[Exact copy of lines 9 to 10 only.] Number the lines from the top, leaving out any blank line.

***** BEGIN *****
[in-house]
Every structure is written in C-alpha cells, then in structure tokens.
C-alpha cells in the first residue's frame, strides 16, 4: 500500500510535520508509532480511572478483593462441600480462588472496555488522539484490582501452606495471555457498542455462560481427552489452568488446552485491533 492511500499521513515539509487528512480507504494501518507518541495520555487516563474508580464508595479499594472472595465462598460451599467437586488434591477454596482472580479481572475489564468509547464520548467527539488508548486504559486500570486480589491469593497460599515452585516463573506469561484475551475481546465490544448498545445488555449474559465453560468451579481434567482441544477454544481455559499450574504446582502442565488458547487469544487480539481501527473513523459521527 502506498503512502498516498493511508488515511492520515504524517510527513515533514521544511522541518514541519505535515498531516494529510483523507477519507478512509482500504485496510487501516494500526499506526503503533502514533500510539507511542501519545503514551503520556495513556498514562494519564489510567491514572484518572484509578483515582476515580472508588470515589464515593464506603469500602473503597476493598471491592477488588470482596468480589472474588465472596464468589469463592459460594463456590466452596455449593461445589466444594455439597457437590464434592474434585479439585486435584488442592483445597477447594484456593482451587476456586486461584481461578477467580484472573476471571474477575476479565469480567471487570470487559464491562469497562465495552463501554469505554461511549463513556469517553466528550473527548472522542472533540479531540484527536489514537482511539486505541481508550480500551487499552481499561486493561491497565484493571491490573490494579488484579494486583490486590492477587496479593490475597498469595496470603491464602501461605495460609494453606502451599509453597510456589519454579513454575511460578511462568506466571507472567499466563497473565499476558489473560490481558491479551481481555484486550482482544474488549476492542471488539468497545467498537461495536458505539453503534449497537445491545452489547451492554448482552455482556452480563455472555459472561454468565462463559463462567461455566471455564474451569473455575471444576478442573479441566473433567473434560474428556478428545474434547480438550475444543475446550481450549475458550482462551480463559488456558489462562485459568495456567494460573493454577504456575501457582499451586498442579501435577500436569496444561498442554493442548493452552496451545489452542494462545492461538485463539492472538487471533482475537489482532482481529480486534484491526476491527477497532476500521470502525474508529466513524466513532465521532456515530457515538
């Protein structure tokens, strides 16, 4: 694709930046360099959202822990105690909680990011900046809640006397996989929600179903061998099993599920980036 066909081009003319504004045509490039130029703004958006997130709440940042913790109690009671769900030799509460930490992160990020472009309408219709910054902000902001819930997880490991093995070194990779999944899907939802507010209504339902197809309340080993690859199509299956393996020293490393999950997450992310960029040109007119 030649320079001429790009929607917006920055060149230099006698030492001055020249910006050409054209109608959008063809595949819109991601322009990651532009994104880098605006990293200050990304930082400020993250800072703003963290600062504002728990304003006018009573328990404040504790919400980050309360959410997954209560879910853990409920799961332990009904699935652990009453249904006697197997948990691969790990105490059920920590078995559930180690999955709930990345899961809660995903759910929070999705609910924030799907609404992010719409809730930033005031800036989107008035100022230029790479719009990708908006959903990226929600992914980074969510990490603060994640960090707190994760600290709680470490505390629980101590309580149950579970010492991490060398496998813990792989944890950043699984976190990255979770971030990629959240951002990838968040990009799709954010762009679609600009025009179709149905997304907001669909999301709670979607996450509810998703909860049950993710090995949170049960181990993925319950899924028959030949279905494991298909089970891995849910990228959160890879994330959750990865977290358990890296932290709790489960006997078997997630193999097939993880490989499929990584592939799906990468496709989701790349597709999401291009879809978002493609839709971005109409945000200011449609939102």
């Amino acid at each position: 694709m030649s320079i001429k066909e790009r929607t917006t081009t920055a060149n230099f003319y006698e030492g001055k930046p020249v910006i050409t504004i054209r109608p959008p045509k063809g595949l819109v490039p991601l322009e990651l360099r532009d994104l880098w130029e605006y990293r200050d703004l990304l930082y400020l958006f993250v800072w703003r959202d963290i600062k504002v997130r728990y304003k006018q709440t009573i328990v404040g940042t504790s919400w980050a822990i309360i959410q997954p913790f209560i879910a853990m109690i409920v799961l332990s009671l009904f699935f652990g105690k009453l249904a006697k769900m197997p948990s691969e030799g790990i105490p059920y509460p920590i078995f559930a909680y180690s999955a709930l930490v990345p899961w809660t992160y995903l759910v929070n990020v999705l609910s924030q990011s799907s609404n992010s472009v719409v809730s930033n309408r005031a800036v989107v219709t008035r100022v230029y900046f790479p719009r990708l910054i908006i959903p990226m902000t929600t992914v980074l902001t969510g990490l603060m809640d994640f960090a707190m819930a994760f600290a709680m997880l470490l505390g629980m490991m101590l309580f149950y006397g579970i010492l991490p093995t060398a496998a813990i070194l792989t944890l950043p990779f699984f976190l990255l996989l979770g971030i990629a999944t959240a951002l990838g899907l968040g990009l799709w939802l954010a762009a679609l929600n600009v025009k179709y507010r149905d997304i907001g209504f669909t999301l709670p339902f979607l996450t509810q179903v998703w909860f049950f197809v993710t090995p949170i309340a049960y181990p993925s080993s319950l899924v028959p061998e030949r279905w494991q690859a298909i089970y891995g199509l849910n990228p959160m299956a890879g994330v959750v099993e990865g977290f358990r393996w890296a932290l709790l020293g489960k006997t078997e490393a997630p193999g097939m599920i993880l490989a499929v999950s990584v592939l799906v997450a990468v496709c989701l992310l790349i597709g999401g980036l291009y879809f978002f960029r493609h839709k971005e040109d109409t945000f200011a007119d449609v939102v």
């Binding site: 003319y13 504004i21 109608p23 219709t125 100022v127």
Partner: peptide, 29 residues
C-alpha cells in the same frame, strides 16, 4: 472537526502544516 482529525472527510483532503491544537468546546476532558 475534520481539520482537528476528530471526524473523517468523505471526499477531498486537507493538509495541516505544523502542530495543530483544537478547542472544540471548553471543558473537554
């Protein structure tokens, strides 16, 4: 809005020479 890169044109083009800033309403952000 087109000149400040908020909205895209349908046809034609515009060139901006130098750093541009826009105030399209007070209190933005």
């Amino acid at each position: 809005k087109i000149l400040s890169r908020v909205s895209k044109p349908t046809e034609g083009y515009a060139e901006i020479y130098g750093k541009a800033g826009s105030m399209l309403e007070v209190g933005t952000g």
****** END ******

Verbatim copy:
């Protein structure tokens, strides 16, 4: 809005020479 890169044109083009800033309403952000 087109000149400040908020909205895209349908046809034609515009060139901006130098750093541009826009105030399209007070209190933005």
């Amino acid at each position: 809005k087109i000149l400040s890169r908020v909205s895209k044109p349908t046809e034609g083009y515009a060139e901006i020479y130098g750093k541009a800033g826009s105030m399209l309403e007070v209190g933005t952000g």